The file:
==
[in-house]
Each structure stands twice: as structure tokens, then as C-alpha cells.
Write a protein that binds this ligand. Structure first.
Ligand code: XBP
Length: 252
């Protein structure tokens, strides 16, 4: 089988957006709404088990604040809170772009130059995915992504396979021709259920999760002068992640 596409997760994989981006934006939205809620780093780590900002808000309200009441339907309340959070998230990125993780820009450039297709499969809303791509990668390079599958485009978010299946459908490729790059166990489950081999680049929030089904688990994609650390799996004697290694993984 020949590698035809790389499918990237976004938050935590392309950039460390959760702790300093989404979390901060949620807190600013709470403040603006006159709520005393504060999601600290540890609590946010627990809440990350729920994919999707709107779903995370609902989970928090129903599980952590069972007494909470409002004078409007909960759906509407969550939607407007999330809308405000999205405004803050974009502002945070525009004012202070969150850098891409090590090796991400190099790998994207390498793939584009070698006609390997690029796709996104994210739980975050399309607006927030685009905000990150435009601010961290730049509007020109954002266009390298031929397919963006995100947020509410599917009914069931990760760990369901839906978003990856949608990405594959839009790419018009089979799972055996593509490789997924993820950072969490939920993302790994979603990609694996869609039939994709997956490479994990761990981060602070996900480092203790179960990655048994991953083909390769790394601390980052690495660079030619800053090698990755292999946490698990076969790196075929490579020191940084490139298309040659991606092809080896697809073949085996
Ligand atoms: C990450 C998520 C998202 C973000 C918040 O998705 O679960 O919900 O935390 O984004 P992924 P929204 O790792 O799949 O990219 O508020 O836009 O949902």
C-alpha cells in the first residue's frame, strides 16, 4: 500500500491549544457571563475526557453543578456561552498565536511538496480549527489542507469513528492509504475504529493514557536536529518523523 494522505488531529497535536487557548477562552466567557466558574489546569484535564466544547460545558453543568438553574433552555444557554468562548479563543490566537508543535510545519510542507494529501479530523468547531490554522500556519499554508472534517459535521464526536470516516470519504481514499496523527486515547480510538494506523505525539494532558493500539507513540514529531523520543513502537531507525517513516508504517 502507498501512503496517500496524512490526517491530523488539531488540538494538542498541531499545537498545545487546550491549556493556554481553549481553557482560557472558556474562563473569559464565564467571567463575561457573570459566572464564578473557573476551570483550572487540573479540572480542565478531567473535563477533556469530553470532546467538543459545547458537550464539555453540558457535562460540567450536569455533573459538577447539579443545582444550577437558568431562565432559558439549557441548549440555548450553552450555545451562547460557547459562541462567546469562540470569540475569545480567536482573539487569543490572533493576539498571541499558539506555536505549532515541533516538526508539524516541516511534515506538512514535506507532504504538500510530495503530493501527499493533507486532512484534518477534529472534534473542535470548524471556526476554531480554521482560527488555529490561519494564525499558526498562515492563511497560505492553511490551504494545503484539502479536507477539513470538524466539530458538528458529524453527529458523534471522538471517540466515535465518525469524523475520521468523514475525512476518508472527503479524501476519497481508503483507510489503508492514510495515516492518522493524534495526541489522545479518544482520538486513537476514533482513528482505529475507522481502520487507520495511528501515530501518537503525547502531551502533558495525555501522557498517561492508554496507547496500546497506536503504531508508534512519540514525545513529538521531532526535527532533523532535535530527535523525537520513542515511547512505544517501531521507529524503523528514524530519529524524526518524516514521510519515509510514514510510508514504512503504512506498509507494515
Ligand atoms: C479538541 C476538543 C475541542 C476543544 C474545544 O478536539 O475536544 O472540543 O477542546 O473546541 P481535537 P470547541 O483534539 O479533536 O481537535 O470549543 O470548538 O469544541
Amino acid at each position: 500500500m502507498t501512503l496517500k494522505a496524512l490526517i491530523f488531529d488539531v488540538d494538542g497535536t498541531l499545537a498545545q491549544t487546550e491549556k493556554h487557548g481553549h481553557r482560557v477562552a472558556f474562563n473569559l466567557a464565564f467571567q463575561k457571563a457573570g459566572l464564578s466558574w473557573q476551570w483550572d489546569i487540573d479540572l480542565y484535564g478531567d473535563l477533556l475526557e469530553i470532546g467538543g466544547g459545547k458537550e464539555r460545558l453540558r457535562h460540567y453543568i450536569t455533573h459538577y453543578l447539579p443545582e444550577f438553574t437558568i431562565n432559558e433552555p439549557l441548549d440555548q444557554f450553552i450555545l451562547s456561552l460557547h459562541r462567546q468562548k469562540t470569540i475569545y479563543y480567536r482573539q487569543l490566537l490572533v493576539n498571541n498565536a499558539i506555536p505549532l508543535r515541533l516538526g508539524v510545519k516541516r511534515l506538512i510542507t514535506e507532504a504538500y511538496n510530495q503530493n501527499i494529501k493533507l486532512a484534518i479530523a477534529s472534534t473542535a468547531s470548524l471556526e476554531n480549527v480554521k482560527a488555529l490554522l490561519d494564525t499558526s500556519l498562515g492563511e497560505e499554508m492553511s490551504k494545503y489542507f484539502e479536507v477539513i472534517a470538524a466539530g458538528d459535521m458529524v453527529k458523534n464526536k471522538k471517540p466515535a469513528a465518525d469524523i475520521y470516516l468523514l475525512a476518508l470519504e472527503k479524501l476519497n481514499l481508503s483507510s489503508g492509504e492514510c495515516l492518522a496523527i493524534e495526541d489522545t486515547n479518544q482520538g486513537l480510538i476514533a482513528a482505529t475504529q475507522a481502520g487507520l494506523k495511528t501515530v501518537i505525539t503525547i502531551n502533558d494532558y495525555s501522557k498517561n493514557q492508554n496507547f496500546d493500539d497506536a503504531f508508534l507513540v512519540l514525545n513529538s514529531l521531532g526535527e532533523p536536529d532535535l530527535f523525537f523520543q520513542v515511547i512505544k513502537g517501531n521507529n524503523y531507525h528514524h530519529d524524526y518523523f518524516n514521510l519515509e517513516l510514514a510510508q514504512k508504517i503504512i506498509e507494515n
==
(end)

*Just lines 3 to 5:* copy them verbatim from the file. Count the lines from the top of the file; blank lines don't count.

Write a protein that binds this ligand. Structure first.
Ligand code: XBP
Length: 252